"Done for," he could've sworn he heard Finn murmur beneath his breath, but he chose to ignore his friend and concentrate on the night's activities instead.
Rachel finally made it to her father's new home, a lovely house on the west side of town, where he had tried very hard to make it seem the same as the house in Houston. Nearly inch for inch, her bedroom was exactly the same as she remembered it. It was there she waited for her father after they'd dined with the Joneses and Mrs. Pillsbury-Howell, and were now settling in for the night.
As much as she loved Mercedes and Mr. Jones, she couldn't help but have hoped to have her father all to herself for her first night in this new place. She had so many questions to ask about his sudden relocation. She shook the thought away with a moment of guilt. That wasn't fair. For all intents and purposes Mr. Jones was like a second father to her, and Mercedes the closest thing she'd ever had to a sister. She had missed them dreadfully, and they had missed her.
And she had right now to get her questions answered, she thought as her father knocked softly on the door and she beckoned him in.
"Rachel," he said, sitting down next to her and drawing her into his arms once more. "I've missed you so much, sweetheart."
"Oh, Papa." Rachel burrowed her head into his shoulder and fought back the infantile tears that wanted to spill forward. Everything she'd been through in St. Louis bubbled back to the surface, all the fears and regrets and sadness. She refused to let any of that touch this new, fresh life, though.
Her father slowly released her and eased back. "Rachel, you look more like your mother every day," he marveled.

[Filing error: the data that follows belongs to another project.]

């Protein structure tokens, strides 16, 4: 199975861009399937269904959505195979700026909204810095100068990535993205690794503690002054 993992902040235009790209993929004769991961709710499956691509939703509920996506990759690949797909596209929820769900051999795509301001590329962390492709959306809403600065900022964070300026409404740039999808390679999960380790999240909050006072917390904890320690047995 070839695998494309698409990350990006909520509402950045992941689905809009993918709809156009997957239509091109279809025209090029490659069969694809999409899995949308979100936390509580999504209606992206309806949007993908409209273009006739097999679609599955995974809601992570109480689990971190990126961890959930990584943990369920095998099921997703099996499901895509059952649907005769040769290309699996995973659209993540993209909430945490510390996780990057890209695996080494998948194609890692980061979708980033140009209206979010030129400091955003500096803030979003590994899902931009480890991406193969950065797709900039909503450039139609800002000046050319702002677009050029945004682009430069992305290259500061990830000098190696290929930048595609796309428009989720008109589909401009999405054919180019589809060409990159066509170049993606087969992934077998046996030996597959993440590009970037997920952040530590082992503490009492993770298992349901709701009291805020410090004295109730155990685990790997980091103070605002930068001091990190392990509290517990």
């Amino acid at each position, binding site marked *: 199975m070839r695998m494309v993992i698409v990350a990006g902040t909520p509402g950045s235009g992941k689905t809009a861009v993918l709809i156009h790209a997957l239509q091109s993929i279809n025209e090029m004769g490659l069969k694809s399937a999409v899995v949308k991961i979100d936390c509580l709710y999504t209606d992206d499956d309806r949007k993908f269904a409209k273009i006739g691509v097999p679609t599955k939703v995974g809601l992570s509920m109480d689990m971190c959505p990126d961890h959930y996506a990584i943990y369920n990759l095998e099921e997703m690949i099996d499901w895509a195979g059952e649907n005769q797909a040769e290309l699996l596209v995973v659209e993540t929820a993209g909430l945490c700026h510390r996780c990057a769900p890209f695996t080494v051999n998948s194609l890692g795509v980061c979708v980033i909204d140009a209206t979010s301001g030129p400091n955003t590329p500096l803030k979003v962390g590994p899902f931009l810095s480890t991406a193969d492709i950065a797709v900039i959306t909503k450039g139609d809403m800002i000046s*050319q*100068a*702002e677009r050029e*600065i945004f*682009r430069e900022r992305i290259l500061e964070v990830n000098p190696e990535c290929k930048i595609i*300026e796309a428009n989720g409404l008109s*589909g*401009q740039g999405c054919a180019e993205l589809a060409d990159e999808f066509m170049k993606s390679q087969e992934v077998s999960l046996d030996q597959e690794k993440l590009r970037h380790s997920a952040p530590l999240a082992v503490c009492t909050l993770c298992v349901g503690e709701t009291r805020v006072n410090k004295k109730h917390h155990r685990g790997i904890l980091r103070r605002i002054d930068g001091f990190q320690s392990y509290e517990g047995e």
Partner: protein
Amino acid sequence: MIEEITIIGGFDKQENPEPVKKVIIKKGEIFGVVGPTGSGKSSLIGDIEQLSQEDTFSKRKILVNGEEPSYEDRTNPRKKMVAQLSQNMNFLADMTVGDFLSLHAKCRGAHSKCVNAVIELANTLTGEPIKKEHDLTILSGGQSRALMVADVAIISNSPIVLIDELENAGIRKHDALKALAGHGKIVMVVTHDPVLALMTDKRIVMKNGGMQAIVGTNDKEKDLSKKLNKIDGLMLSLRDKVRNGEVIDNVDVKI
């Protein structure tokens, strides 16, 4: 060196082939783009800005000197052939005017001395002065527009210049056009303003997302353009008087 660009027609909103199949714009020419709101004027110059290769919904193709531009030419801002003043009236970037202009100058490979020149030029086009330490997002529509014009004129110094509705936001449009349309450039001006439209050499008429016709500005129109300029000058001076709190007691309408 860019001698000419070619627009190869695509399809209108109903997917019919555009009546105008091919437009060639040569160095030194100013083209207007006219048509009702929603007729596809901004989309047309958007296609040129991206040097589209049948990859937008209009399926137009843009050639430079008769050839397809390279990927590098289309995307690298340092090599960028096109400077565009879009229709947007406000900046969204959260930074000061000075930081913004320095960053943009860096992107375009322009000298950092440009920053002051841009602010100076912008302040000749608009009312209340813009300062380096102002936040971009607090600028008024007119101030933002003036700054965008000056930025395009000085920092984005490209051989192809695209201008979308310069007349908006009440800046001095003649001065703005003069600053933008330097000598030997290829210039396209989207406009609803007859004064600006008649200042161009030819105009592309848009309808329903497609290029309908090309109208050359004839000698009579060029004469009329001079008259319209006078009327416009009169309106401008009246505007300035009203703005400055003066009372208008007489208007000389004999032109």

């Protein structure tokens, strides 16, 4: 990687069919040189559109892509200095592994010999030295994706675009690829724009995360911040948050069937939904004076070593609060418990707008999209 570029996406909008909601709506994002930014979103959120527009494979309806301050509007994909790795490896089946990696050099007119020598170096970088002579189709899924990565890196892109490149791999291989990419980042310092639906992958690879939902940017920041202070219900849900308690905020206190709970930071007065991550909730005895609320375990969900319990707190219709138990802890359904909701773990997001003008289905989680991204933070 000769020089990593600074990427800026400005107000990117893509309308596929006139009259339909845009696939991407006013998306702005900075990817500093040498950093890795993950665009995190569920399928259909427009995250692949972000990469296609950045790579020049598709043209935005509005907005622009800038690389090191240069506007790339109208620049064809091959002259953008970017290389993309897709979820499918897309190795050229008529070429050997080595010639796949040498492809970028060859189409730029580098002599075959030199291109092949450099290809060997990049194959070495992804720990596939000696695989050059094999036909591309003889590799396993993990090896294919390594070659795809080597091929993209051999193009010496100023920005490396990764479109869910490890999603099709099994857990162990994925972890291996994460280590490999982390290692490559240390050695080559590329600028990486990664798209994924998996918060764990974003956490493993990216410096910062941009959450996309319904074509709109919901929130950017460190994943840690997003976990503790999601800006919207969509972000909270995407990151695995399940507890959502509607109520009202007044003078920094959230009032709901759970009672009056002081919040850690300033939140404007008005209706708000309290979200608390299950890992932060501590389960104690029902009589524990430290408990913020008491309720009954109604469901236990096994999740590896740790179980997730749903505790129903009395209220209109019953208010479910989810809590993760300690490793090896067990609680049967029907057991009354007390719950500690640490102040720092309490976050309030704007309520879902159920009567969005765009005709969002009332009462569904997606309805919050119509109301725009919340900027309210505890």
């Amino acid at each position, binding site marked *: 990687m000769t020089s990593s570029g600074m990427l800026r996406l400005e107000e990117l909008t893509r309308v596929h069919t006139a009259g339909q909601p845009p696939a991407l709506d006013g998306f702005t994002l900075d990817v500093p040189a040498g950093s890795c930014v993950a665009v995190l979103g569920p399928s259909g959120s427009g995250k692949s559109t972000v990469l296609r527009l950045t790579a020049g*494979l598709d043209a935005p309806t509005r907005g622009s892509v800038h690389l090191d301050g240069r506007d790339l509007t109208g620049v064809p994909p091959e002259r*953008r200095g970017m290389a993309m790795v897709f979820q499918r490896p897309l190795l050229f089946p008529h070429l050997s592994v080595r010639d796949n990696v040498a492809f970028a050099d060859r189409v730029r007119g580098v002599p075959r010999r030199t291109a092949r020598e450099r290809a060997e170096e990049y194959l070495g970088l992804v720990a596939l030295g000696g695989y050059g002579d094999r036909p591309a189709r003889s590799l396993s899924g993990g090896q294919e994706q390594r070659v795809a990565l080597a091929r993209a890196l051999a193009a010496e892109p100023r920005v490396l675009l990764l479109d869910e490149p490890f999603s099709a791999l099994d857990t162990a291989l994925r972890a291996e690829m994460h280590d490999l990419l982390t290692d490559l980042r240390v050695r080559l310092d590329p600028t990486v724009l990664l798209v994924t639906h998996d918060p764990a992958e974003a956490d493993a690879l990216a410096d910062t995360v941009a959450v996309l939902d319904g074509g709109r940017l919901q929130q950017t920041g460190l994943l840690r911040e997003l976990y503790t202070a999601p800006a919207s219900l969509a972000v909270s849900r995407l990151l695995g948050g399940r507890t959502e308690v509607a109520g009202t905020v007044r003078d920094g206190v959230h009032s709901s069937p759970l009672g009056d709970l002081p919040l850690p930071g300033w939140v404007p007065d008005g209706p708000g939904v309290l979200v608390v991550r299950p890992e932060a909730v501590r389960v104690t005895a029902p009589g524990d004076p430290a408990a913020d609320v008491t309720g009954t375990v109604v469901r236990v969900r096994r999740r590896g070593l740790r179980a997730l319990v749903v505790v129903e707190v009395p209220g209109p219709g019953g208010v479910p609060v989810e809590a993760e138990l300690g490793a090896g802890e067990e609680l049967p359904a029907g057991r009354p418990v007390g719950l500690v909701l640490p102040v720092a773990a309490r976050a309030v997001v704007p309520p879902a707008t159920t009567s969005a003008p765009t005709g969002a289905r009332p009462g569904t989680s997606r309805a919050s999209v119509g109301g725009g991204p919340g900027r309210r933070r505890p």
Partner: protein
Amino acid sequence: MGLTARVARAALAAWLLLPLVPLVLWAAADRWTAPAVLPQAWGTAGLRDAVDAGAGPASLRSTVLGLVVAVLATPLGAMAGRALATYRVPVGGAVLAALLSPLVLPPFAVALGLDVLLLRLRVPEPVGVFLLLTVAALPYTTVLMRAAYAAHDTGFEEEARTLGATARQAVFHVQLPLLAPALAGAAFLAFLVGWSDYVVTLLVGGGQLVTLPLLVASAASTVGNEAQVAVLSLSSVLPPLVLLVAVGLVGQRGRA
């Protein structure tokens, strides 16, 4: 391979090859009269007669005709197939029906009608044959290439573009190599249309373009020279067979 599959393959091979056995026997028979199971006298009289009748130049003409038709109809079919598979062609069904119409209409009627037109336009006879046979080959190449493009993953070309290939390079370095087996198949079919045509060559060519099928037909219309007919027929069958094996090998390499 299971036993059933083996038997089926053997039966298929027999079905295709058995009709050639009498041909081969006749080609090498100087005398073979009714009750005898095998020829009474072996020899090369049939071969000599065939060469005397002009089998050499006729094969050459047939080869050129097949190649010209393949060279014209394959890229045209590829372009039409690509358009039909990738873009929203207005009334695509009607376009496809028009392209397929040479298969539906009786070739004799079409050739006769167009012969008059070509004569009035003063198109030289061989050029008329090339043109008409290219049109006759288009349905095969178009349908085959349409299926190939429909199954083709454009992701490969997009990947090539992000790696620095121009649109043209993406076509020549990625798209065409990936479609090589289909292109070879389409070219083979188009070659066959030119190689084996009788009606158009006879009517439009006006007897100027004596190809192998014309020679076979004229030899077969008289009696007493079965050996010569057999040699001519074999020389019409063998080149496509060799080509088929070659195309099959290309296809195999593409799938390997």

She took the opportunity to really look at him. He was as slight as ever, though his dark hair was decidedly thin and graying now. Some unspoken worry had lined his face slightly, but all in all, he looked like home. And love. She smiled. "Papa, I've missed you, and Texas so much. But I have to ask: why here? Why leave the prosperity of Houston to open a shop here?"
Something flickered across his face, too quickly for Rachel to identify it, and then he smiled. "There was nothing left for us in Houston, sweetheart. We were one of a handful of similar stores. And I thought, why be one choice out of so many, when I can come and help build a community and be the only choice?"
It wasn't the truth; at least, not the whole truth, Rachel suspected. "But what about Temple? There's no synagogue close to here. What have you been doing for Shabbat?"
"There's a lovely widow, Sarah Puckerman, in town who is also Jewish. Her husband moved her and their children here before going off to join the War, and she has been very gracious, and I think a little happy, to have us over for the meals."
Rachel heard the words "a lovely widow" over and over in her mind, but set it aside until later to see how she felt about her father possibly developing an infatuation for a woman. "She has children? How old?"
"Let's see. Her daughter, Rebekah, is ten now. And her son Noah is twenty-two. And single. And co-owner in a prospering business."
She groaned and threw herself back on her bed. "That's what this is about, isn't it, Papa? You and this Mrs. Puckerman have been conspiring with one another."
"Rachel," he soothed, "we're not conspiring towards anything. We have just spoken occasionally about how wonderful it would be if you and Noah were compatible. It would save both of you the time and expense of going to Houston to the Temple Beth Israel for find a suitable spouse."
Rachel wanted to ask why he assumed her future husband must be Jewish, but refrained. Her father had definite opinions on the matter that she wasn't keen to hear them all tonight. It had been bad enough when at one time she'd thought she'd actually have a Gentile fiancé to bring home; she wasn't going to waste her time and breath on a hypothetical man.
Her father was still talking. "-go to visit tomorrow. That's all I ask. Meet Sarah, and probably Rebekah, and if Noah happens to stop by, so much the better."